“We found that 21 percent of women had been choked during sex as had 11 percent of men,” said Dr. Herbenick. “We also found that 20 percent of men and 12 percent of women had choked a partner.”

The study also found that 23 of the 347 female respondents expressed feeling frightened during sex as their partner had attempted to choke them by surprise and without consent.

How is erotic asphyxiation different from non-fatal strangulation?

What differentiates non-fatal strangulation from so-called erotic choking is context, intent, and consent. While both erotic asphyxiation and non-fatal strangulation are dominant behaviors, there are some important distinctions:

Erotic asphyxiation is:

  • Consensual.
  • Occurs in the context of mutual sexual pleasure.
  • Is not intended to cause harm.

Non-fatal strangulation is:

  • Non-consensual.
  • Occurs in the context of abusive power and control.
  • Intended to cause harm and induce fear.

Is erotic asphyxiation as dangerous as non-fatal strangulation?

Although erotic asphyxiation is consensual and occurs in a different context from non-fatal strangulation, it poses the same dangers.

Certified sex therapist Kimberly Resnick Anderson explains, “Sexual choking or breath play is really dangerous. Even in the BDSM community, it’s never safe. There is always a lethal risk.”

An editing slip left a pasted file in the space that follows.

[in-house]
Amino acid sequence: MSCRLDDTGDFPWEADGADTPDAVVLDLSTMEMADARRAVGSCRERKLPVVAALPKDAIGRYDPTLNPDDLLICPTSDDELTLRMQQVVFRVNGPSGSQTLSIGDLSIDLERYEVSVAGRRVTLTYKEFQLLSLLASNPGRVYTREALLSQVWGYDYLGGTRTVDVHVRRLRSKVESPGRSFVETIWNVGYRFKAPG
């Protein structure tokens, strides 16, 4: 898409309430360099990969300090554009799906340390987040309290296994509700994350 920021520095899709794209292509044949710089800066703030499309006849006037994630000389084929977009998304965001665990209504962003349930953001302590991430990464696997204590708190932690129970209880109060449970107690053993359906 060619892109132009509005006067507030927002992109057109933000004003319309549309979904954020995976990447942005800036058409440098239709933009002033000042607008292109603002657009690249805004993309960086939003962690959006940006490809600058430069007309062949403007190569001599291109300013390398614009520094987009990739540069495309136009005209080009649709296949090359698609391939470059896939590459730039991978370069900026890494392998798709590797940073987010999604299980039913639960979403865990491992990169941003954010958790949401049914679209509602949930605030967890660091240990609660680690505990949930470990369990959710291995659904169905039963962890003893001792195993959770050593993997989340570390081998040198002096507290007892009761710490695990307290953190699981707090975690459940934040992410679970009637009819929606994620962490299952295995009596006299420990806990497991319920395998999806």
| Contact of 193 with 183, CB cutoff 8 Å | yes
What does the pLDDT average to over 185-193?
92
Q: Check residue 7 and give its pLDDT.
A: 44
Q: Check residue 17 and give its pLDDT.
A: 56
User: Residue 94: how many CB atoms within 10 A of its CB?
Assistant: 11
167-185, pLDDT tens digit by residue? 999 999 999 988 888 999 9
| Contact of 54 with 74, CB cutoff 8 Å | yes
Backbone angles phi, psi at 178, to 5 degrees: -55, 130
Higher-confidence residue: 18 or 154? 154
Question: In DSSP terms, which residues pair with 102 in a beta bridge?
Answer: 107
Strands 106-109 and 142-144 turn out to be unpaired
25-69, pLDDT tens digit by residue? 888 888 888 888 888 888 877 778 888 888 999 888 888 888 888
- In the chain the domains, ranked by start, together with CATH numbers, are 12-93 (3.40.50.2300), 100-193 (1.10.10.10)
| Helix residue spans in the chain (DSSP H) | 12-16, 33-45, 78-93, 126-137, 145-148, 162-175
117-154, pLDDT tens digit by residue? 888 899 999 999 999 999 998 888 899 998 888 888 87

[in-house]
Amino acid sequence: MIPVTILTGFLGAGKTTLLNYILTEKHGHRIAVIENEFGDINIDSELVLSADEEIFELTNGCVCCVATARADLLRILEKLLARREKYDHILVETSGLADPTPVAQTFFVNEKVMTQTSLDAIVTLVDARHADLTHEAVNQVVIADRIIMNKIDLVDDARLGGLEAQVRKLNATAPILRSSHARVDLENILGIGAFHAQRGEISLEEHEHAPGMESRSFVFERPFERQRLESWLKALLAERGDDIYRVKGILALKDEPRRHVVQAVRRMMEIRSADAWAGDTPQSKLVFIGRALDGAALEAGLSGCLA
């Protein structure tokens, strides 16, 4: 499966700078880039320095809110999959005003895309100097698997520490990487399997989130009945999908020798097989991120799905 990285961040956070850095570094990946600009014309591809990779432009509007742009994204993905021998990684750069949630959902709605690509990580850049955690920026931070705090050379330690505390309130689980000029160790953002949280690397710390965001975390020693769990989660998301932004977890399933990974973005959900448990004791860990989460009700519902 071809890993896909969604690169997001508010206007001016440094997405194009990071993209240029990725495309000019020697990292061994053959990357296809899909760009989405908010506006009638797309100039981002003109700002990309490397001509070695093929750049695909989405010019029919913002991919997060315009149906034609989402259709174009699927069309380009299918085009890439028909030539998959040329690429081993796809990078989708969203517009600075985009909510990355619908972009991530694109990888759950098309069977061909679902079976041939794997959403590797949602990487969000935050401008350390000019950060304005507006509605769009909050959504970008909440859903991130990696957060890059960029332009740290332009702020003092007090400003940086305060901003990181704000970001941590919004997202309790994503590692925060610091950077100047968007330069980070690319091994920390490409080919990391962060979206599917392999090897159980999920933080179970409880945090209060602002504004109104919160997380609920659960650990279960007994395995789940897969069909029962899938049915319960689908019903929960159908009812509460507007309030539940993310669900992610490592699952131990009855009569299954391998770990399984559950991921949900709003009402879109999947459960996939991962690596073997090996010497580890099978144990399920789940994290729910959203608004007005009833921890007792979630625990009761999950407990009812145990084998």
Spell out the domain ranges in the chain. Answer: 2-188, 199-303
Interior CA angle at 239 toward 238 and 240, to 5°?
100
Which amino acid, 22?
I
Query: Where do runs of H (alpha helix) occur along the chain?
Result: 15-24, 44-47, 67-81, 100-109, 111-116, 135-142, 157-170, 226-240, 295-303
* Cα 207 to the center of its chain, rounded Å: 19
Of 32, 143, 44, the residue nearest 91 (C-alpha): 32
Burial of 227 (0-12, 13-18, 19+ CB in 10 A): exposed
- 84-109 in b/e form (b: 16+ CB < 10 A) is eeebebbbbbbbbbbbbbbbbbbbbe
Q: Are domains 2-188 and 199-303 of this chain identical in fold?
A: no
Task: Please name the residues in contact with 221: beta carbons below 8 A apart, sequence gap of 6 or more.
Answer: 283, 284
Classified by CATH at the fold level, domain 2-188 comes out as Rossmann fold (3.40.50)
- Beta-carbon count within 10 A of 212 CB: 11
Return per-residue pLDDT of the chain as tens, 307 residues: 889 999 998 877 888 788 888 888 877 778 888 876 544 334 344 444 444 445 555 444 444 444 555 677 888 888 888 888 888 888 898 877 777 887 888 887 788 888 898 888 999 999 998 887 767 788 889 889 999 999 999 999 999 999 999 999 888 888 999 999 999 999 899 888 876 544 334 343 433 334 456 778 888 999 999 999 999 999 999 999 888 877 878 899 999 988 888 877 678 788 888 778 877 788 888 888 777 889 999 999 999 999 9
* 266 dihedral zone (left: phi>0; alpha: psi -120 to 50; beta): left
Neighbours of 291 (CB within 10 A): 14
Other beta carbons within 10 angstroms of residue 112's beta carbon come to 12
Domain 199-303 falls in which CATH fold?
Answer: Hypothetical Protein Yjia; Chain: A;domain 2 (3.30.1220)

Moreover, the rise in erotic asphyxiation has led to a quarter of American women report feeling scared during sex. due to a rise in non-fatal strangulation that takes place during sex without consent.


  • Glass, Nancy & Laughon, Kathryn & Campbell, Jacquelyn & Block, Carolyn & Hanson, Ginger & Sharps, Phyllis & Taliaferro, Ellen. (2007). Non-fatal Strangulation is an Important Risk Factor for Homicide of Women. The Journal of emergency medicine. 35. 329-35. 10.1016/j.jemermed.2007.02.065. 
  • Herbenick D, Fu TC, Wright P, Paul B, Gradus R, Bauer J, Jones R. Diverse Sexual Behaviors and Pornography Use: Findings From a Nationally Representative Probability Survey of Americans Aged 18 to 60 Years. J Sex Med. 2020 Apr;17(4):623-633. DOI: 10.1016/j.jsxm.2020.01.013. Epub 2020 Feb 17. PMID: 32081698.
  • Debby Herbenick, Elizabeth Bartelt, Tsung-Chieh (Jane) Fu, Bryant Paul, Ronna Gradus, Jill Bauer & Rashida Jones (2019) Feeling Scared During Sex: Findings From a U.S. Probability Sample of Women and Men Ages 14 to 60, Journal of Sex & Marital Therapy, 45:5,424-439, DOI: 10.1080/0092623X.2018.1549634